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24 Sep, 2013 15:53

‘Naming the Dead’: New project lists people killed by US drones in Pakistan

‘Naming the Dead’: New project lists people killed by US drones in Pakistan

US drone strikes that the CIA claims target only al-Qaeda militants have killed at least 400 civilians in Pakistan over the past decade. That’s according to “Naming the Dead,” a new project that aims to identify and collect data on those killed by drones.

The number of those killed in the tribal regions of northwest Pakistan by the US drones over the last nine years has been estimated at more than 2,500 people.  In most cases, there is little or no information available on the victims of the attacks.

Naming the Dead is an initiative of the London-based Bureau of Investigative Journalism (TBIJ). The two-year-old project is aimed at tracking drone victims and “to increase the transparency around this conflict and inform the public debate.”

Screenshot from thebureauinvestigates.com

The US has ordered more than 350 drone strikes since 2006 as the CIA has sought to eliminate al-Qaeda militants. In that time, drones have hit homes, cars, schools, shops and public gatherings.

However, the Obama administration has been reluctant to acknowledge that innocent civilians have been the victims of its drone attacks, claiming that the missiles have only killed militants.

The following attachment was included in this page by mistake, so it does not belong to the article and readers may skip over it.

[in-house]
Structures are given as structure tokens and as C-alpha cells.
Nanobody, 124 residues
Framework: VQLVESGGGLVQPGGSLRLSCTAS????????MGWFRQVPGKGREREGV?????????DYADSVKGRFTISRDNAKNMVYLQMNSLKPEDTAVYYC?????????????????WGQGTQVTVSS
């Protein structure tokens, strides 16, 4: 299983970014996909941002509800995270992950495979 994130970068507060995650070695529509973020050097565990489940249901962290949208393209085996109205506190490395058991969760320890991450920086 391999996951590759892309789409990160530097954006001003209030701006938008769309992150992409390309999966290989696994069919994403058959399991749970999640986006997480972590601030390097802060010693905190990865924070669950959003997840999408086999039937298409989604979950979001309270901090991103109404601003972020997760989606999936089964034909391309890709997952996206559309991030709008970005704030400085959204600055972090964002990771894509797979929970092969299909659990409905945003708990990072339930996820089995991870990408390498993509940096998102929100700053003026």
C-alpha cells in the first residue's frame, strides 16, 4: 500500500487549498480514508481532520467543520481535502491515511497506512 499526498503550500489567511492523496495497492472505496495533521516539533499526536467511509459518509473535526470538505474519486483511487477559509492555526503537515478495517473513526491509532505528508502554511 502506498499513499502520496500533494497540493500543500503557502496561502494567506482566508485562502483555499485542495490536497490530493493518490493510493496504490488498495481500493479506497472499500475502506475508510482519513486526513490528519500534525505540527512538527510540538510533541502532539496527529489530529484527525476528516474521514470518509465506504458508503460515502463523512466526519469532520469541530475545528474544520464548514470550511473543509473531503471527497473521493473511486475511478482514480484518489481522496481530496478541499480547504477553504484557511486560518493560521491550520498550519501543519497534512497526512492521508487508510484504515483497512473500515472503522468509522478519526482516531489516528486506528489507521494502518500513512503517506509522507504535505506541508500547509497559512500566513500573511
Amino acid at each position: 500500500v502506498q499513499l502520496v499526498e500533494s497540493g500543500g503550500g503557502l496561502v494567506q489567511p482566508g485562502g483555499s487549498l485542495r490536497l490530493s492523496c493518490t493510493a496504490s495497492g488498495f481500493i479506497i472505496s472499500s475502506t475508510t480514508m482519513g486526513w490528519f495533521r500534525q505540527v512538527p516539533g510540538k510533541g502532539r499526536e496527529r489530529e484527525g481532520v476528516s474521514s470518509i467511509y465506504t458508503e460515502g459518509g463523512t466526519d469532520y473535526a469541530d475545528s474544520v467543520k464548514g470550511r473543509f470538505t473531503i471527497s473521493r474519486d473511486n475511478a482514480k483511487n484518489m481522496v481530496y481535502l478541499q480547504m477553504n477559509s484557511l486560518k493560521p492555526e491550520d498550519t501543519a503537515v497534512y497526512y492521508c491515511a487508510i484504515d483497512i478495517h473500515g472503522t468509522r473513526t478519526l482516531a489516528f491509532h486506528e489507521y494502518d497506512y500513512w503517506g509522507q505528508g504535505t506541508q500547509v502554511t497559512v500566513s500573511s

In April 2012, John Brennan, then Obama’s chief counterterrorism advisor and currently director of the CIA, called drones an essential “counterterrorism tool.”

He was hailing the “benefit of technology,” which because of its remote control “gives a clearer picture of the target and its surroundings, including the presence of innocent civilians.”

“It's this surgical precision – the ability, with laser-like focus, to eliminate the cancerous tumor called an al-Qaeda terrorist while limiting damage to the tissue around it,” Brennan said at the time.

The CIA has claimed a high rate of killings of militants, estimating that since May 2010 strikes have killed more than 600 militants, but no civilians.

But by analyzing credible media reports, court documents and other sources (including leaked US intelligence reports, WikiLeaks diplomatic cables and even “wanted lists”), TBIJ found out about at least 400 civilians, who were “unlucky enough to be nearby when militants were attacked.”

Victims of drone attacks

Of the named individuals:

- 295 are civilians, including 95 children

- 255 are alleged militants – of whom 74 are classed as senior commanders

- Just two are women

“Others were killed alongside their husbands or fathers, who were believed to be militants. Still others were mistaken for terrorists by drone operators sitting thousands of miles away,” Naming the Dead team said in a statement.

So far, the Bureau has identified 568 individuals by name, and aims to identify more of the dead and regularly publish more details, including their ages, occupations and places they were killed.

As a result of its own investigations, the Bureau has so far assembled case studies on about 20 individuals killed by CIA drones.

Screenshot from thebureauinvestigates.com

“The Bureau’s drones project has played an important part in helping to inform the debate about the use of drones in warfare,” managing editor of the Bureau, Christopher Hird, said.

“Until now we have concentrated on getting the most reliable numbers for those killed. But in the end this is about people – men, women and children; civilians and militants. Naming the Dead aims to both put names to these numbers and also to give fuller biographical details of those who have died so that the public and politicians can better understand the complexity of what is happening on the ground in Pakistan.”